The scientific name means "Bilbey and Hall's Cedar (Mountain) shield," with the genus named for the Cedar Mountain Formation and the animal's armored plates and the species named for Sue Ann Bilbey and Evan Hall, discoverers of the type locality.
Cedarpelta is known from remains recovered at the CEM and Price River II quarries (PR-2) in eastern Utah; these sites were originally thought to be within the Ruby Ranch Member of the Cedar Mountain Formation, but are now assigned to the base of the overlying Mussentuchit Member, dating to between 116 and 109 million years old (approximately the Aptian-Albian boundary).
Carpenter et al. (2001) diagnose Cedarpelta by the presence of a rostrocaudally elongate pterygoid with a caudolaterally oriented, trochlear-like process, a premaxilla with six conical teeth, and a straight ischium. The presence of premaxillary teeth is a plesiomorphic character because it is present in other, primitive ornithischians. In contrast, closure of the opening on the side of the skull behind the orbit, the lateral temporal fenestra, is an advanced (apomorphic) character only known in ankylosaurid ankylosaurs.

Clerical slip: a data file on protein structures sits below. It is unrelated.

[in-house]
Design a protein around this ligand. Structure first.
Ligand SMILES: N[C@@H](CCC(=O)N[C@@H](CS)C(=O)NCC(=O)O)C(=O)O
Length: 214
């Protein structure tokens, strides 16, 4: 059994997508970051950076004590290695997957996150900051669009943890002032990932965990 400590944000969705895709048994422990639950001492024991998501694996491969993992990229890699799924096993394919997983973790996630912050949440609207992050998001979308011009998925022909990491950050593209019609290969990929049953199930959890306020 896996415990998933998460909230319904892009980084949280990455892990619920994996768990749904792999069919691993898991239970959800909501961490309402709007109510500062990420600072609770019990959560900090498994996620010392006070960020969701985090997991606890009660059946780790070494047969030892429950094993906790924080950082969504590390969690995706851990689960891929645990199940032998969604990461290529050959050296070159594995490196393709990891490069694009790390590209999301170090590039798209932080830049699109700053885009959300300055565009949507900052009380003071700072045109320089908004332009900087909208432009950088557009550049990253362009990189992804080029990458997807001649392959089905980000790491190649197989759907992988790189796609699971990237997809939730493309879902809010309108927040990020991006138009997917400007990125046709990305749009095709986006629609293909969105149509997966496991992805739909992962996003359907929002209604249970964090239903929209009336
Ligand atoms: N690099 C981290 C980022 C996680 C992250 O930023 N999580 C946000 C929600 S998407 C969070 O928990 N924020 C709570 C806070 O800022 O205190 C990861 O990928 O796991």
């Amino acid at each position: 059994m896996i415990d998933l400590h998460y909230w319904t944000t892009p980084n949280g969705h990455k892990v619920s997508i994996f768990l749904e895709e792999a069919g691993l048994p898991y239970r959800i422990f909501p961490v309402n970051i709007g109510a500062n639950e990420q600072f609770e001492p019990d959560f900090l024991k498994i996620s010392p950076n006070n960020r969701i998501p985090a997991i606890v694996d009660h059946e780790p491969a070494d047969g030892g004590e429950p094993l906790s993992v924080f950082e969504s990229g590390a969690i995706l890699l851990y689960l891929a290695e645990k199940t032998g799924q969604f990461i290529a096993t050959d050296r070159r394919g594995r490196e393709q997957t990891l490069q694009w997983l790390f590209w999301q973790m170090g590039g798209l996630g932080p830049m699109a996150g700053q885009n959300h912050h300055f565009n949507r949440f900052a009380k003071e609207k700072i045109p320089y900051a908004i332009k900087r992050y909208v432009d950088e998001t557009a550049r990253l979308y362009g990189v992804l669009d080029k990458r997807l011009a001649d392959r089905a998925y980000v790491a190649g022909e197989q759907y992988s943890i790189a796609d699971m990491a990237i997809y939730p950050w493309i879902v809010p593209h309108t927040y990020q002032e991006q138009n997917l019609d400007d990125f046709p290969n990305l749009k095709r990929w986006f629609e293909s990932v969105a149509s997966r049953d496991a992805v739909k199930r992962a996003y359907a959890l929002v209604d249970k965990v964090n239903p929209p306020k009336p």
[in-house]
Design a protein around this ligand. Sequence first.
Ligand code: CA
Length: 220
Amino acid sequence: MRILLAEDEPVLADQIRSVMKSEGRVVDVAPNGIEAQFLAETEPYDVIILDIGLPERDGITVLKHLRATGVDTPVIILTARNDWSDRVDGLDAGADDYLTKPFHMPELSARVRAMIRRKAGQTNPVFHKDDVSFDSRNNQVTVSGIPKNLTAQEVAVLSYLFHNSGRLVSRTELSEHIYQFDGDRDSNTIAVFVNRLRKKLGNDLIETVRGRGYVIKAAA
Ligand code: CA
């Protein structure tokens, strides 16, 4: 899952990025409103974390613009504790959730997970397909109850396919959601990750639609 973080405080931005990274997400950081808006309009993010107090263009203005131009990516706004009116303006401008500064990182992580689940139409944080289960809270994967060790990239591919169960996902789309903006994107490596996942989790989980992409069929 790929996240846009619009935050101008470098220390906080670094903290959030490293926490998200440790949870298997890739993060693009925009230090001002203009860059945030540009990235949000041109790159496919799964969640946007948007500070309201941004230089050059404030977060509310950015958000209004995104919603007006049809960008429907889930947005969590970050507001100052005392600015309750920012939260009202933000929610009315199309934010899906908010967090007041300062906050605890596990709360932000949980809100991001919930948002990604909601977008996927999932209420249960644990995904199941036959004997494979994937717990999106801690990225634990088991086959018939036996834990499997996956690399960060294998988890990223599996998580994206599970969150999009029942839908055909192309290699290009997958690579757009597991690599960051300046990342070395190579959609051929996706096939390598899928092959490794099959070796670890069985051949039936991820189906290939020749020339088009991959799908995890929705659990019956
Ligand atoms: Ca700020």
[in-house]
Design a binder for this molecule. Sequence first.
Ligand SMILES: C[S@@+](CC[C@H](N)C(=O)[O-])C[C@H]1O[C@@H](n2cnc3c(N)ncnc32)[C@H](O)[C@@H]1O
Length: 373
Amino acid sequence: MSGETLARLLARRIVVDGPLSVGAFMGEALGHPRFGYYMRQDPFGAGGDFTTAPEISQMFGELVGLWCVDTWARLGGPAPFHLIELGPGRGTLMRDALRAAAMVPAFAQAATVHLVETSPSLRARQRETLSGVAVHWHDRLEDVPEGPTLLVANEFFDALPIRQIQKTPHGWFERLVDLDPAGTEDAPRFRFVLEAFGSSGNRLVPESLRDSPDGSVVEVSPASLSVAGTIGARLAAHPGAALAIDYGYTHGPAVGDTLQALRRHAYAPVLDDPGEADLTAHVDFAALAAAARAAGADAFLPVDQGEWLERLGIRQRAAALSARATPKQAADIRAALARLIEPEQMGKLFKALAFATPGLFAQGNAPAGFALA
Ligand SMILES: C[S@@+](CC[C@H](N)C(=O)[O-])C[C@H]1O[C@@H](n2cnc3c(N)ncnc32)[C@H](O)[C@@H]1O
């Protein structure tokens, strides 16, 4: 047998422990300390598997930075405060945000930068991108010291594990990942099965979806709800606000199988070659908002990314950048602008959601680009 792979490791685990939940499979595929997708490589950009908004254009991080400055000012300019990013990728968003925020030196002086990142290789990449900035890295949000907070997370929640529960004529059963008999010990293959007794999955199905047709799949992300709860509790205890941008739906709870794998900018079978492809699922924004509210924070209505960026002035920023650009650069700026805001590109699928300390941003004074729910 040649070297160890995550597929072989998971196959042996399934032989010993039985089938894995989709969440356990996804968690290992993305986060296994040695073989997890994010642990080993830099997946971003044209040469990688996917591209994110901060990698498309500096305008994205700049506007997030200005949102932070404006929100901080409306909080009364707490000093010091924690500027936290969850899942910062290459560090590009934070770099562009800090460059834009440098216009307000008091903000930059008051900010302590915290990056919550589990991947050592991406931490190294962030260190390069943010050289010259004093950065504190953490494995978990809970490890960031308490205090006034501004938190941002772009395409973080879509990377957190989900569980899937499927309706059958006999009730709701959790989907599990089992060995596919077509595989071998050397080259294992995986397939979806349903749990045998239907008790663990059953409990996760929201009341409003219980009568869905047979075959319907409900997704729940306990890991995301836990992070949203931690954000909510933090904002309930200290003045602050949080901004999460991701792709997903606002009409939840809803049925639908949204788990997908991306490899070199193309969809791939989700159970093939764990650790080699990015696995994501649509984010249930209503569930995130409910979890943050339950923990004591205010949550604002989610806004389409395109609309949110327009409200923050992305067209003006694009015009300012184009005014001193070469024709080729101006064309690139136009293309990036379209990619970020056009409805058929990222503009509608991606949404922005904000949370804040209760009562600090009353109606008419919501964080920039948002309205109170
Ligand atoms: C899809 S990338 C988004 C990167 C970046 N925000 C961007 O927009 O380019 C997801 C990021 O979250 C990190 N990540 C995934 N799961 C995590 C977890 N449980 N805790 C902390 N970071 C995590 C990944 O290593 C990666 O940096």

Two skulls are known, and the skull length for Cedarpelta is estimated to have been roughly 60 centimetres (24 in). Significantly, one of the Cedarpelta skulls was found disarticulated, a first for an ankylosaur skull, allowing paleontologists a unique opportunity to examine the individual bones instead of being limited to an ossified unit.
Carpenter et al. (2001) designated CEUM 12360 as the holotype specimen of Cedarpelta bilbeyhallorum (CEUM is the acronym of the College of Eastern Utah Prehistoric Museum in Price, Utah). CEUM 12360 consists of an articulated, incomplete skull lacking the snout and mandibles. Carpenter et al. (2001) also designated a long list of paratype material, mostly isolated bones that could be referred to Cedarpelta bilbeyhallorum.